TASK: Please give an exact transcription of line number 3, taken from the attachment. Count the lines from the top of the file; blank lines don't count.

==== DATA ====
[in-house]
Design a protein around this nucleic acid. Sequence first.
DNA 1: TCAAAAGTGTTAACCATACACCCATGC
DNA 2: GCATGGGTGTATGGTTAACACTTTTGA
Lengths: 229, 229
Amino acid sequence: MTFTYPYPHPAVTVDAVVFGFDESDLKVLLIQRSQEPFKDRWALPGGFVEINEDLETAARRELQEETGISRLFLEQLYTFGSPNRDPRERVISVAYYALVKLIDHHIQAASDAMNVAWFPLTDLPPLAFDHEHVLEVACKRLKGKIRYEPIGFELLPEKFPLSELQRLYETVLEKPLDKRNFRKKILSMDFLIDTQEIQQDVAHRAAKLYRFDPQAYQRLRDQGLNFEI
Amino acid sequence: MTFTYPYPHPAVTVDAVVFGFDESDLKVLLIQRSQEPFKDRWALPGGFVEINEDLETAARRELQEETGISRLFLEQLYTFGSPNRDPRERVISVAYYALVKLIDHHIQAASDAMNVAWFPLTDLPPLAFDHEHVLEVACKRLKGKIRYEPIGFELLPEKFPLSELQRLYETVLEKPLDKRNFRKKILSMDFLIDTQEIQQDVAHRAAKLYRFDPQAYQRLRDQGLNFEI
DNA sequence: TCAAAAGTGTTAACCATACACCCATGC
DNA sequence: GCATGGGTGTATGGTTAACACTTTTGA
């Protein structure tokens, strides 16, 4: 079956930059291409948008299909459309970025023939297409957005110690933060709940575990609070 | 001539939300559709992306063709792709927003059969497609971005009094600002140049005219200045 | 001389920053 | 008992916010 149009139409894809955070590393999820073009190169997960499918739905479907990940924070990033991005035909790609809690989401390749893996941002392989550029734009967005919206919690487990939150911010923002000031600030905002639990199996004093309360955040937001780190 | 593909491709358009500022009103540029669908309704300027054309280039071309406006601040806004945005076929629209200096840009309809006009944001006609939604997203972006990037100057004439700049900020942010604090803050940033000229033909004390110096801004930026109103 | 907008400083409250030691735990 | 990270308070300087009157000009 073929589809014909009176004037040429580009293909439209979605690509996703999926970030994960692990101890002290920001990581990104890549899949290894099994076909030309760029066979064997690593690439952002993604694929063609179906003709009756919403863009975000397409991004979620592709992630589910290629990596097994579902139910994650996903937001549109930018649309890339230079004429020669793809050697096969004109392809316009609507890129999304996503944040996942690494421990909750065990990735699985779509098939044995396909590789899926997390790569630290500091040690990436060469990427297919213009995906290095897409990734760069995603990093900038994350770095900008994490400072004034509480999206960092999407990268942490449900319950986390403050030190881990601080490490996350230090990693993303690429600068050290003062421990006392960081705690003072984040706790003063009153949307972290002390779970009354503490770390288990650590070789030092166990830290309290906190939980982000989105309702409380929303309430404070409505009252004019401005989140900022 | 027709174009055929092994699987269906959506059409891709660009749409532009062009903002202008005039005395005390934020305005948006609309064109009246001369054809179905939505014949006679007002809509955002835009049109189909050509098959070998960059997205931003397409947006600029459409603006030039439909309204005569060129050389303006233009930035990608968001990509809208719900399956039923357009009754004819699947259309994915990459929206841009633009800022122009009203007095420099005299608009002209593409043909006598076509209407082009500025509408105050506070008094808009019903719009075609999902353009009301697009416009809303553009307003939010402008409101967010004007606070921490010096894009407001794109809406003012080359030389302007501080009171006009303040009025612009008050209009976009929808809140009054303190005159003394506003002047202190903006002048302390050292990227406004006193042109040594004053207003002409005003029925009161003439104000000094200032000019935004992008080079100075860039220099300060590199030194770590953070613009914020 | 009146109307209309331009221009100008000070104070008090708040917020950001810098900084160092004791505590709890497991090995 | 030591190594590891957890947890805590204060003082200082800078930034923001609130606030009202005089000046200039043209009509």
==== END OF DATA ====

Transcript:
DNA 1: TCAAAAGTGTTAACCATACACCCATGC